In the hours following the news that Poland's prized poet had passed away, her fellow writers, translators, friends and family shared their thoughts on how her life and poetry impacted their world
Cover of "Here", translated by Cavanagh and Barańczak, published by Houghton Mifflin Harcourt, October 2010
In Germany Karl Dedicius mourned the loss of a great poet and human being, recalling "I worked with her and her poems for 50 years. I know her through and through. But the moment a loved one and friend dies, one does not speak or write of it".
Anders Bodegard, the poet's Swedish translator, shared the impression that her poems are "difficult for a translator because of the exceptional precision, every word has a meaning and every poem has its own identity. Her poems are uplifting, yet they are not sweet".
Clare Cavanagh, Szymborska's American translator, gave a statement to the Polish Press Agency (PAP) on Wednesday evening about how her relationship with the poet changed her perspective on the world. She said, "I believe I was very fortunate to have encountered such a poet thanks to Stanisław Barańczak. Thanks to Szymborska I see the world through different eyes because she described the world in such a way that one cannot look at it as before". Cavanagh described the poet's writing as a "unique gift" that came with both greatness and modesty. She called Szymborska "one of her favourite poets on the planet" and also "a friend".
Clare Cavanagh and Stanisław Barańczak are among the best-known translators of Polish poetry into English. Their translations of Szymborska's poetry include such collections as "Here", published in its U.S. edition in 2010 and "Monologue of a Dog", published in 2005.
Piotr Kamiński, Szymborska's French translator said that working with her poems was like "polishing diamonds". He also expressed the belief that her poems are a great challenge as they are "misleading simple". He averred that when he first began translating her works, he approached them carefully, literally word for word. As Kamiński told PAP,
Every word seemed to fit, however when I would read the poem in French, it was as if everything had 'leaked out', snatched away - the poem was gone. This is why I had to return to the original, calmly and patiently, to find the hole through which the poetry had escaped and to quickly plug this 'hole'.
Kamiński also expressed his dismay that Szymborska's poetry is not as well known in France, a nation that seems to prefer its native poets. However, he did note a spike in interest after she was awarded the Nobel Prize in 1996, with a collection of poems distributed in France that year reaching a relatively high level of circulation at 7,000 copies.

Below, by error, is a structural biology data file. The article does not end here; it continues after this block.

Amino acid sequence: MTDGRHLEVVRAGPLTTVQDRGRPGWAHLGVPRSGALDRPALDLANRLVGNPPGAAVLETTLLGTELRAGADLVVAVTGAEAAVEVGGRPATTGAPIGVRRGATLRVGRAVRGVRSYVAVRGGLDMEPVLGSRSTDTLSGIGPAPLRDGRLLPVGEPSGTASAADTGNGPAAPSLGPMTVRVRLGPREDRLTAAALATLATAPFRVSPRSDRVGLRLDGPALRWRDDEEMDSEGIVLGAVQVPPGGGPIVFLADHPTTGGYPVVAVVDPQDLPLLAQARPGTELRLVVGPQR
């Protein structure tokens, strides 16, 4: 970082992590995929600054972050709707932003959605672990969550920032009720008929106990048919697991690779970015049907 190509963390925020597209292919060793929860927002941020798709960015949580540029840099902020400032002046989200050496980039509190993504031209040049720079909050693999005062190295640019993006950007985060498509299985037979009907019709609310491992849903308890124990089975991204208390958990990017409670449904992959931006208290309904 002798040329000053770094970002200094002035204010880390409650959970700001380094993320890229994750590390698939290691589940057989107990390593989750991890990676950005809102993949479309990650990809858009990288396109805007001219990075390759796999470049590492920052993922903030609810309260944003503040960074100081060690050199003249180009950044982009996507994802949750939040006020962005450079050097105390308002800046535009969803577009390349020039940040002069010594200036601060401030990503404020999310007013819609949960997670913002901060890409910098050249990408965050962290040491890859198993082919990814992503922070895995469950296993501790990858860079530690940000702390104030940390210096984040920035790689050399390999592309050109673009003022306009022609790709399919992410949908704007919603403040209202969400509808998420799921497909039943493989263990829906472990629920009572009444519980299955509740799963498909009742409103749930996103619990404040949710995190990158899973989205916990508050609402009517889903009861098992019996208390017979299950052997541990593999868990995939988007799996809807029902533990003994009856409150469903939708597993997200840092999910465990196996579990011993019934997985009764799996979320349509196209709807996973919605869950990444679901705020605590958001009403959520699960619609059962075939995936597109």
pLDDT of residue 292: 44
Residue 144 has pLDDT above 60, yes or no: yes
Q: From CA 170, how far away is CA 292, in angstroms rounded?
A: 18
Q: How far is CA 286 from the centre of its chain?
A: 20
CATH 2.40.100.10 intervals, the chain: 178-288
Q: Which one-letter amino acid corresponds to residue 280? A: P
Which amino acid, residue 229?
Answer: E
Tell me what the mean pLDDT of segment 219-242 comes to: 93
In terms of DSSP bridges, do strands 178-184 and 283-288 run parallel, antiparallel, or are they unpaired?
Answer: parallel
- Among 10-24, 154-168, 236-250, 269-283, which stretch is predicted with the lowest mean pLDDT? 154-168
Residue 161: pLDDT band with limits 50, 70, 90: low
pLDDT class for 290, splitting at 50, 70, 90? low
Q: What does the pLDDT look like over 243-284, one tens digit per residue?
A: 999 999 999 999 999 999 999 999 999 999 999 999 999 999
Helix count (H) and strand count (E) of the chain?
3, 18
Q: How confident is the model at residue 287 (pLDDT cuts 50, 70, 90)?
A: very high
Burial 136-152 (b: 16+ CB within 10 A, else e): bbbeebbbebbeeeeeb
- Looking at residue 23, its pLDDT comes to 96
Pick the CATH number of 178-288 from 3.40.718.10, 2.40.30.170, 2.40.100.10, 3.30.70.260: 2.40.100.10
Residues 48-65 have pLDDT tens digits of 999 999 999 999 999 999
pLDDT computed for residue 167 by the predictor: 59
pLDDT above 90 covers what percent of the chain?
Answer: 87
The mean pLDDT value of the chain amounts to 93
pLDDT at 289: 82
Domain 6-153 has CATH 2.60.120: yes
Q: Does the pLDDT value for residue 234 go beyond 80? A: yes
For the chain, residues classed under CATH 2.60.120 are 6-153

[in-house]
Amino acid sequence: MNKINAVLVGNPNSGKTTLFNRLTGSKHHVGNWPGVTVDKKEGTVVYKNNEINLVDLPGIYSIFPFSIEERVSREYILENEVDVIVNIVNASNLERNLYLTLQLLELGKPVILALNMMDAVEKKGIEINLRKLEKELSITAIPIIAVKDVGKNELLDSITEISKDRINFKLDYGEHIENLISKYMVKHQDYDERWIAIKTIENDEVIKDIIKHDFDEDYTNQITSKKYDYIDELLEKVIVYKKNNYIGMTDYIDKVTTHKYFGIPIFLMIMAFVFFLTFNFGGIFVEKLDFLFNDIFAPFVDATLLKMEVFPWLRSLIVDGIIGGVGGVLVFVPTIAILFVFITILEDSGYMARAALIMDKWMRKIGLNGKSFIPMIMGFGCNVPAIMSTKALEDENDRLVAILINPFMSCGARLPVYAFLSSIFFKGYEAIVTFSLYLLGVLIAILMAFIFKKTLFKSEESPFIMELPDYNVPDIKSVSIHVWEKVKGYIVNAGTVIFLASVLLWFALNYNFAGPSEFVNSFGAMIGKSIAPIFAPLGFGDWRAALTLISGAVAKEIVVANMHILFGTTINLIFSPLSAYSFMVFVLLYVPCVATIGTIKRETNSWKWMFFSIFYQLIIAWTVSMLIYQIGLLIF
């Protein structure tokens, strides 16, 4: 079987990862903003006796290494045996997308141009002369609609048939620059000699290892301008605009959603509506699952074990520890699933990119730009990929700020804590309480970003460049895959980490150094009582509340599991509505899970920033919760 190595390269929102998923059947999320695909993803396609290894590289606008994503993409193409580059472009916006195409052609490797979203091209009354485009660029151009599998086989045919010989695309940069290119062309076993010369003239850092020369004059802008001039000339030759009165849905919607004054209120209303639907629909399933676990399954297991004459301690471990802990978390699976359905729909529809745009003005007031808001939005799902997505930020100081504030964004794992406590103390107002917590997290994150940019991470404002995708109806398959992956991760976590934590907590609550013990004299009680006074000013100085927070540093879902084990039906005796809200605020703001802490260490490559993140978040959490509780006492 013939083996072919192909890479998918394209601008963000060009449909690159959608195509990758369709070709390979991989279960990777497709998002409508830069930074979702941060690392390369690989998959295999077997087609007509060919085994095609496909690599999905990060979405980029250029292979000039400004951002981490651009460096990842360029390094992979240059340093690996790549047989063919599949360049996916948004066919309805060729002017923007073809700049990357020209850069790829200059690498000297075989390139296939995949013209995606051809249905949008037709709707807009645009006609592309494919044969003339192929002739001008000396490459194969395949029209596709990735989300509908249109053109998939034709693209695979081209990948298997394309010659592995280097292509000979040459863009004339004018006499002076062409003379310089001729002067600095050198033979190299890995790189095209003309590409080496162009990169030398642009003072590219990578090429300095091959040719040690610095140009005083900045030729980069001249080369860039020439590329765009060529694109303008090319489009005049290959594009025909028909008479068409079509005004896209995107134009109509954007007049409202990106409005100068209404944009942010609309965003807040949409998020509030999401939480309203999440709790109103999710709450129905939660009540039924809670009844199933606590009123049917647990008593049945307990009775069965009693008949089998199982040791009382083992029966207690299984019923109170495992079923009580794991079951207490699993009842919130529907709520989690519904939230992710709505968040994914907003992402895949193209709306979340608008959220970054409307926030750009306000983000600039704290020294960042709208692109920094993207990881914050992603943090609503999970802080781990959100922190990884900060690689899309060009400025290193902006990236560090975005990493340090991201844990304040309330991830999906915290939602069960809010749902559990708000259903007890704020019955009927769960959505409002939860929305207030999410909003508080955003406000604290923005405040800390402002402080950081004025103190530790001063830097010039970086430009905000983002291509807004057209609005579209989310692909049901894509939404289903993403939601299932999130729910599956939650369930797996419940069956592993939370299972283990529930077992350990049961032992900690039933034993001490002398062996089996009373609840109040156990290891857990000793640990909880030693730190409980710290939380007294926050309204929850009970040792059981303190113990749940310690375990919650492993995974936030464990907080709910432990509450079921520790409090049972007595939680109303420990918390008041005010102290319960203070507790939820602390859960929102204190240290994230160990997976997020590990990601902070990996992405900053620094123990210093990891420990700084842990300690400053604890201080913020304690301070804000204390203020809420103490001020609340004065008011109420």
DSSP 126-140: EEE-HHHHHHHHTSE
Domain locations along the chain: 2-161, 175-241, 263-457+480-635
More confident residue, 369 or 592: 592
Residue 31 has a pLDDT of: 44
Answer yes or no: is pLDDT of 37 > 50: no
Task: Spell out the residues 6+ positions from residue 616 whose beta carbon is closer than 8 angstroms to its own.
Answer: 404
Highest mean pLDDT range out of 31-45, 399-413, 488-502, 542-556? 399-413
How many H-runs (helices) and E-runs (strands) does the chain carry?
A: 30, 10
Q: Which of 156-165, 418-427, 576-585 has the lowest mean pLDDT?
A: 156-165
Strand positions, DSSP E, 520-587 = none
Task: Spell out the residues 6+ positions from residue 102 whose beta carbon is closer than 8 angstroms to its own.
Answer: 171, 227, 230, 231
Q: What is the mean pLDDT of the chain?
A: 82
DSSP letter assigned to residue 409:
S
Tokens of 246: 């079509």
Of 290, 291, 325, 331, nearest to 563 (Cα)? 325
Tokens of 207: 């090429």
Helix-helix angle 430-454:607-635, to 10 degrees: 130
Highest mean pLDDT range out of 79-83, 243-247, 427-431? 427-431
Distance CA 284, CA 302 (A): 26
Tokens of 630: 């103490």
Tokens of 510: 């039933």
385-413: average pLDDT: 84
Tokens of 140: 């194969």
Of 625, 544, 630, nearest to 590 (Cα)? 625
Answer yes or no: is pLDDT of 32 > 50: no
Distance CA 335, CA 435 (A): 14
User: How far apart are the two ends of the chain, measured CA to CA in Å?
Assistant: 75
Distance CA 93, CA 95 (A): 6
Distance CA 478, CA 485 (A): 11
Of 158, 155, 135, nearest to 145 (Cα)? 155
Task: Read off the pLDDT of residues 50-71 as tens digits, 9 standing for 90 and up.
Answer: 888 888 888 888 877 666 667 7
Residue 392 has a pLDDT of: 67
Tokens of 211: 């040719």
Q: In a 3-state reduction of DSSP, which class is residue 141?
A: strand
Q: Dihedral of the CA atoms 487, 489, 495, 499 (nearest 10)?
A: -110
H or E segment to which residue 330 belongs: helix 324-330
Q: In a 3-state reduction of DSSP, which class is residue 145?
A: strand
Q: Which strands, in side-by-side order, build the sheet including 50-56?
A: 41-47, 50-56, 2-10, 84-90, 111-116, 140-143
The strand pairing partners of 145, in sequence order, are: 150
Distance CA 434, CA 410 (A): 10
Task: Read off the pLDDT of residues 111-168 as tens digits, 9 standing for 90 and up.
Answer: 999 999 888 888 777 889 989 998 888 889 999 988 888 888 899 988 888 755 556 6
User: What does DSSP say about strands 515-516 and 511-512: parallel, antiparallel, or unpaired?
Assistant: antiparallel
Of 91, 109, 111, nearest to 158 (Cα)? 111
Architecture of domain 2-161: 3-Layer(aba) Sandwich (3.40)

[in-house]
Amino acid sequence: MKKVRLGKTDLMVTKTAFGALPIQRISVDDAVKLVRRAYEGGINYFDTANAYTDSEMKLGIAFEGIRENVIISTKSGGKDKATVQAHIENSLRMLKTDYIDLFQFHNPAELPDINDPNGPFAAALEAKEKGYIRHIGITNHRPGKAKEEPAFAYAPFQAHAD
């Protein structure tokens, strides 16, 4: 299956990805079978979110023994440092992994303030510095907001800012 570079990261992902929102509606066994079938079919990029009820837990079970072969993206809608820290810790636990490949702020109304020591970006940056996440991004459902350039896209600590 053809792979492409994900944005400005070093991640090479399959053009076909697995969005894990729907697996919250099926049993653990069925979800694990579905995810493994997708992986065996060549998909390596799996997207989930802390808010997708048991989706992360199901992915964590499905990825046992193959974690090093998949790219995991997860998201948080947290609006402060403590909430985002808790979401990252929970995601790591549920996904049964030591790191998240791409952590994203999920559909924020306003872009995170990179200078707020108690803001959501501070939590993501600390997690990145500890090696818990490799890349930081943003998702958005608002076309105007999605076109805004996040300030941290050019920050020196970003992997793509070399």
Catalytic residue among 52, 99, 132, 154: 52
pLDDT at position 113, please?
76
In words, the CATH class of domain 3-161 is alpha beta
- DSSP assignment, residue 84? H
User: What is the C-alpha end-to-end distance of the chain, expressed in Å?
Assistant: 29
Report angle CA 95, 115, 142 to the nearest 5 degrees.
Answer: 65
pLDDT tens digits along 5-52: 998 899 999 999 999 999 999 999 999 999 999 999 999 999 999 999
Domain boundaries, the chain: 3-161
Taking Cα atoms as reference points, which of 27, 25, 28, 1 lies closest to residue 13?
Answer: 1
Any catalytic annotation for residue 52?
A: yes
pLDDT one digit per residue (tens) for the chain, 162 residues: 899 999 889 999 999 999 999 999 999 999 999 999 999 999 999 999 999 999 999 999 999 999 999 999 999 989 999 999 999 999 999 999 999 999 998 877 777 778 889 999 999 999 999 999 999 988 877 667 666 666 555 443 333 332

Following her Nobel win, Wisława Szymborska received a flurry of congratulations and expressions of admiration from her fellow poets in Poland and around the world. Among the warmest of these came from Czesław Miłosz who wrote in the Tygodnik Powszeczny weekly,
For me, Szymborska is above all a poet of the conscience. This is to say that she speaks to us, simultaneously to those who live alongside her, as one of us, keeping her private affairs to herself, acting within a certain distance from us, but at the same time referring to that which we all are familiar with in our own lives.
As recently as December 2011, Italy published a new edition of poems by Wisława Szymborska published under the title "Elogio dei Sogni", (In Praise of Dreams) which opened the new Century of Poetry series published by the Italian newspaper Corriere della Sera. The translator of the volume was Pietro Marchesani, who passed away in November 2011, who once referred to himself as a "boatman who unites, one who approaches, linking, overcoming obstacles, one culture to another culture ... (..) .. But it can not always carry all ... (..) This ferryman places this burden upon himself to decide what is essential and what is not essential ... (..) .. So you have to negotiate what to save and what not to save. And of course this sort of negotiation is necessary for a translator". The publication of the edition was quite a big event, with the editor of the series, Nicola Crocetti remarking that wherever Szymborska would travel, "a huge number of her fans gather as if she was a famous rock star".
Polish writer Jerzy Pilch shared his memories of Szymborska in the Rzeczpospolita daily, also noting her unique qualities, her ability to attract attention, her sense of humour, her presence, her tact. For Pilch, Szymborska was the manifestation of freedom, in spite of her short episode with socialism and the socio-realist style inspired by her mentors.
Wisława Szymborska was a translator herself, making the works of writers such as the 16th century poet Theopile de Viau and Agrippe d'Aubigne accessible to Polish readers, as well as the verses of Charles Baudelaire.